Tuesday, April 07, 2015

On hate speech law and governance—A reply to Carlton Tan

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The Amos Yee case has roused netizens to revisit the issue of hate speech law (Section 298) in Singapore. Over at Asian Correspondent, Carlton Tan alleges three problems surrounding this law: it is unnecessary and redundant, cannot be consistently applied, and liable to be abused.

The hate speech law may be problematic but I cannot agree with Carlton that those purported three are the problems.

While I do not know if Carlton is legally trained, I have to say that I am not. So my opinion is opened for correction by those who are.

Unnecessary and Redundant?
Carlton states that the purpose of Section 298 is “meant to protect individuals from feeling offended,” and this was “never Parliament’s intention” as its purpose is to “safeguard racial and religious harmony” and “preserve the social fabric of the country”.

He sees the upholding of this law as “mollycoddling” citizens and an “insult to the forbearance of religious groups” as it implies these groups will cause social unrest when offended, which will not happen.

Carlton also points out that Section 298A is meant for the same purpose, so “Section 298 is redundant.”

In short, Carlton is saying that since Section 298 and 298A share the same objective, then the former has to go as it underestimates citizens’ integrity.

I see three problems with Carlton’s view. First, as I understand them, Section 298 and 298A do not have the same objective. There are five laws (Section 295, 296, 297, 298, and 298A) under Penal Code Chapter XV that address “Offences Relating to Religion or Race.” 

Section 298 is against “Uttering words, etc., with deliberate intent to wound the religious or racial feelings of any person.” I will be charged under this law if I intentionally mock someone’s religion or race. For instance, the statement: “Joshua’s religion makes people stupid, and the fact that he is Chinese explains it.”

Section 298A is specifically against “Promoting enmity between different groups on grounds of religion or race and doing acts prejudicial to maintenance of harmony.” I will be charged by this law if I provoke hostility between factions of the society based on religious or racial reason, which I may or may not offend either group. Perhaps an example is someone saying, “Group X and group Y killed each other in the past; they are sworn rivals, so they should continue killing each other here in Singapore,” without him being in either group.

Section 298 prevents individual from hurting others’ religious and racial sentiment, while Section 298A attempts to avert (what Samuel Huntington calls) “clash of civilizations” which the instigator may or may not offend any individual’s religious or racial sentiment. Carlton could not see their difference and so think that Section 298 is redundant.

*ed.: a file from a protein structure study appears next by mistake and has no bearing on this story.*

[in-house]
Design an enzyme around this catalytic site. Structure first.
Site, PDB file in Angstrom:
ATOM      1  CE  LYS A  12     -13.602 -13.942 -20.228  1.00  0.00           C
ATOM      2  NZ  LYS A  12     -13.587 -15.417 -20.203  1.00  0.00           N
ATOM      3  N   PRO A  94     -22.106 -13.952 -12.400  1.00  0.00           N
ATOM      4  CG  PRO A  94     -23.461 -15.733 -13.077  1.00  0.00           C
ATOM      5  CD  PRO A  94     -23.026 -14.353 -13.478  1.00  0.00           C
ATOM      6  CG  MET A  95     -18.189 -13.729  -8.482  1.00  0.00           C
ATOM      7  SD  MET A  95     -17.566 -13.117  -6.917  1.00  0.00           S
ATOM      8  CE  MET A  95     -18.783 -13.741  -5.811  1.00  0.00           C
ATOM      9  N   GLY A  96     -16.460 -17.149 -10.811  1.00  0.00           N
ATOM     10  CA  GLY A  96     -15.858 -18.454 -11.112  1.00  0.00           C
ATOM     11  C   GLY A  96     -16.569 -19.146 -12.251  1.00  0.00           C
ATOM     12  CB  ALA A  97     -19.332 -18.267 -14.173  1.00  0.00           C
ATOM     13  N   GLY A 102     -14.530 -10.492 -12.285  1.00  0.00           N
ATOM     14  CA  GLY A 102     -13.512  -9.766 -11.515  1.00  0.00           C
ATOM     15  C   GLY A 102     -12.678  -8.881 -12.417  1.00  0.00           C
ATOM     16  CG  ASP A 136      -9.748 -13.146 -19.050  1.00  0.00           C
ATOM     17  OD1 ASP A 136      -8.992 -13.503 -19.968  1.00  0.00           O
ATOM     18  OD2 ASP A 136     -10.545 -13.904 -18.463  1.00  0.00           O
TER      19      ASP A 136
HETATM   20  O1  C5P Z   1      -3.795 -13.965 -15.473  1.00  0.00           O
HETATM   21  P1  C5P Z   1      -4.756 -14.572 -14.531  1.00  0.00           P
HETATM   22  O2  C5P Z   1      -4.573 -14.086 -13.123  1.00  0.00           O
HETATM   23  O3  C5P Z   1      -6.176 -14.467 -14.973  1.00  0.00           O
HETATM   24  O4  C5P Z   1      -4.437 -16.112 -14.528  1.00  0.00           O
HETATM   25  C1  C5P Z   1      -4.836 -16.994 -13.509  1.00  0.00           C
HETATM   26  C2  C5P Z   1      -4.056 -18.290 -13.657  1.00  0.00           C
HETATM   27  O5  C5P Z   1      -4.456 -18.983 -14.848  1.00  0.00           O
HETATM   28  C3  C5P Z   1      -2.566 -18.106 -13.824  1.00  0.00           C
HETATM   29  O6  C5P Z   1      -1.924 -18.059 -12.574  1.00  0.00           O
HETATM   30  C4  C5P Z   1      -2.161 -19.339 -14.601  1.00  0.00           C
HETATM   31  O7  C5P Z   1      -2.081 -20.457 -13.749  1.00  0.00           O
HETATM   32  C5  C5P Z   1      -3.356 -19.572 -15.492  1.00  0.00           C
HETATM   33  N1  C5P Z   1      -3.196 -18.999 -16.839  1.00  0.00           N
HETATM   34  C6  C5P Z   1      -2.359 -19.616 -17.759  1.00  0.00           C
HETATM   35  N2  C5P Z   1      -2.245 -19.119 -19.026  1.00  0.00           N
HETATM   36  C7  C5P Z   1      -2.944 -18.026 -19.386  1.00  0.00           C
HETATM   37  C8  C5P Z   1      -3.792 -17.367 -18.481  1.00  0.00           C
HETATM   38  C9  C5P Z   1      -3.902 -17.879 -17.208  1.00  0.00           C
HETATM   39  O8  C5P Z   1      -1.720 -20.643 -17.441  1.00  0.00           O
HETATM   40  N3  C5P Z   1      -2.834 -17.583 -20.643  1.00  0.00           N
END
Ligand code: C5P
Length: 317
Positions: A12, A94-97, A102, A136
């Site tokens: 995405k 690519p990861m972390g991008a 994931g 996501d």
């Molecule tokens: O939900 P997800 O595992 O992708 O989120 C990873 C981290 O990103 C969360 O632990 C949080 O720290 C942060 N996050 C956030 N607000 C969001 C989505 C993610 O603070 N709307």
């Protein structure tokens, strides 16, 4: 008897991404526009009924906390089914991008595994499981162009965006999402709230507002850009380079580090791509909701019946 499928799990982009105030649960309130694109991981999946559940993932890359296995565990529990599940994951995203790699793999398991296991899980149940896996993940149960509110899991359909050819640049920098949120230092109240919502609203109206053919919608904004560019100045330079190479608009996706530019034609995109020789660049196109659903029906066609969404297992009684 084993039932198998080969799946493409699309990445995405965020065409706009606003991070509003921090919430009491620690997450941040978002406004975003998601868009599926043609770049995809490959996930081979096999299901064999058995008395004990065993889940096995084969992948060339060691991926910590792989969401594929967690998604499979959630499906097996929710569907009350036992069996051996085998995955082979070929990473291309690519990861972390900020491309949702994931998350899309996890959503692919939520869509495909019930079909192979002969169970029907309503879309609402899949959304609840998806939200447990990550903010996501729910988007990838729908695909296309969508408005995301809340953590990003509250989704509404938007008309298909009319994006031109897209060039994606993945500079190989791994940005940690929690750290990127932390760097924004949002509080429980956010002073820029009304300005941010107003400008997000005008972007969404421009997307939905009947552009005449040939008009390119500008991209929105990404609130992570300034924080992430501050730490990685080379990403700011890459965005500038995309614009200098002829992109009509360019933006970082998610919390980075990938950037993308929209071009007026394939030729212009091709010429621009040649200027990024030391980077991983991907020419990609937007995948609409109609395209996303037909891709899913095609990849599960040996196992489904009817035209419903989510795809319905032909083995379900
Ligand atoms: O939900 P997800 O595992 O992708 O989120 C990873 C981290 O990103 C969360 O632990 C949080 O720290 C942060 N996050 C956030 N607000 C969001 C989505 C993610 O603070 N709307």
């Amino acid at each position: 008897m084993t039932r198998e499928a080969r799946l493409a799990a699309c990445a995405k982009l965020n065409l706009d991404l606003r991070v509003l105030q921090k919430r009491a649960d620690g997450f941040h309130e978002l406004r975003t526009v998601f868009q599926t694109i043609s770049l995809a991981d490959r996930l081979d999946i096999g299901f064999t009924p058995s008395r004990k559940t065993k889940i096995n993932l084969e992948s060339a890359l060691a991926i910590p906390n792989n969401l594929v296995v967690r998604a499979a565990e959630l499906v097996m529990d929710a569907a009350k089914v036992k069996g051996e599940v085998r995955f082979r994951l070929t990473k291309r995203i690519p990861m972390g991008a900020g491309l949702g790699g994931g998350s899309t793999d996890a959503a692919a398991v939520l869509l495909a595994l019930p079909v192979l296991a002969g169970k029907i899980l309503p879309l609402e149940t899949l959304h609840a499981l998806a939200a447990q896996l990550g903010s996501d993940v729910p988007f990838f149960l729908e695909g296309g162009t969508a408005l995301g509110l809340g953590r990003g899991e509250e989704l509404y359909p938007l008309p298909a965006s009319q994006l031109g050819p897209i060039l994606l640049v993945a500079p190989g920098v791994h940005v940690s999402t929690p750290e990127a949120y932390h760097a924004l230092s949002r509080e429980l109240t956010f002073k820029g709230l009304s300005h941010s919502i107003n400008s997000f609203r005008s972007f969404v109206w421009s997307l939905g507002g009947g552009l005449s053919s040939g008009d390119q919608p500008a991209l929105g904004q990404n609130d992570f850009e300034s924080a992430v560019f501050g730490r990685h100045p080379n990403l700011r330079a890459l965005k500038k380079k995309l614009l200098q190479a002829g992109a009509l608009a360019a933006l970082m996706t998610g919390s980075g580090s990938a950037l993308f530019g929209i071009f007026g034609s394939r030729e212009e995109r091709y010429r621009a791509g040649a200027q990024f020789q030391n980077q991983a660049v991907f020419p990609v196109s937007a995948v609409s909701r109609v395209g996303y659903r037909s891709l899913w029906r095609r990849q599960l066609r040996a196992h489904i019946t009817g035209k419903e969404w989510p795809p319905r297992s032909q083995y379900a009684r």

Again, I have to emphasize that I am not legally trained, so my interpretation is opened for correction.

The other reason why Carlton thinks that Section 298 is unnecessary is because it underestimates citizens’ and religious groups’ integrity. I think this is a misperception of the rule of law.

It is not the concern of law whether it underestimates anyone’s integrity. If it is, then the very existence of the legal system is as guilty because all laws assume the possibility of violation. For instances, law against rape assumes the possibility that people could rape, law against murder assumes the possibility that people could murder, etc.

If as Carlton argues, that law is insulting to people because it implies that people could commit crime, then should we abolish laws against rape and murder because they imply that people could rape and be homicidal? I am sure no one in their right mind would want this. Therefore it is erroneous to argue that a law is unnecessary because it underestimates citizen’s integrity.

Thirdly, Carlton’s optimism on religious groups’ forbearance ignores the potency of religious violence. As much as religion is a source for personal wellbeing and peace, it is also a powerful ideological basis that fuels much violence affecting the world today.

Many major religions have an inherent logic that can be interpreted to justify violence. As the renowned sociologist of religious violence Mark Juergensmeyer remarks, 
“Although it may seem paradoxical that images of destruction often accompany a commitment to realizing a harmonious form of existence, there is a certain logic at work that makes this conjunction natural.”
(Mark Juergensmeyer, Global Rebellion: Religious Challenges to the Secular State, from Christian Militias to al Qaeda [USA: University of California Press, 2008], 213.)
The religious potency for violence is one thing that no government or citizen of every country can afford to treat lightly. It requires insurmountable dose of optimism on Carlton’s part to be able to dismiss this at a time when Islamic militants are beheading people in Syria, violent monks are inciting hostility in Sri Lanka, Christian militia are rampaging Central African Republic, Hindus are persecuting religious minorities in India, and Muslim separatists are orchestrating mass-stabbing in China.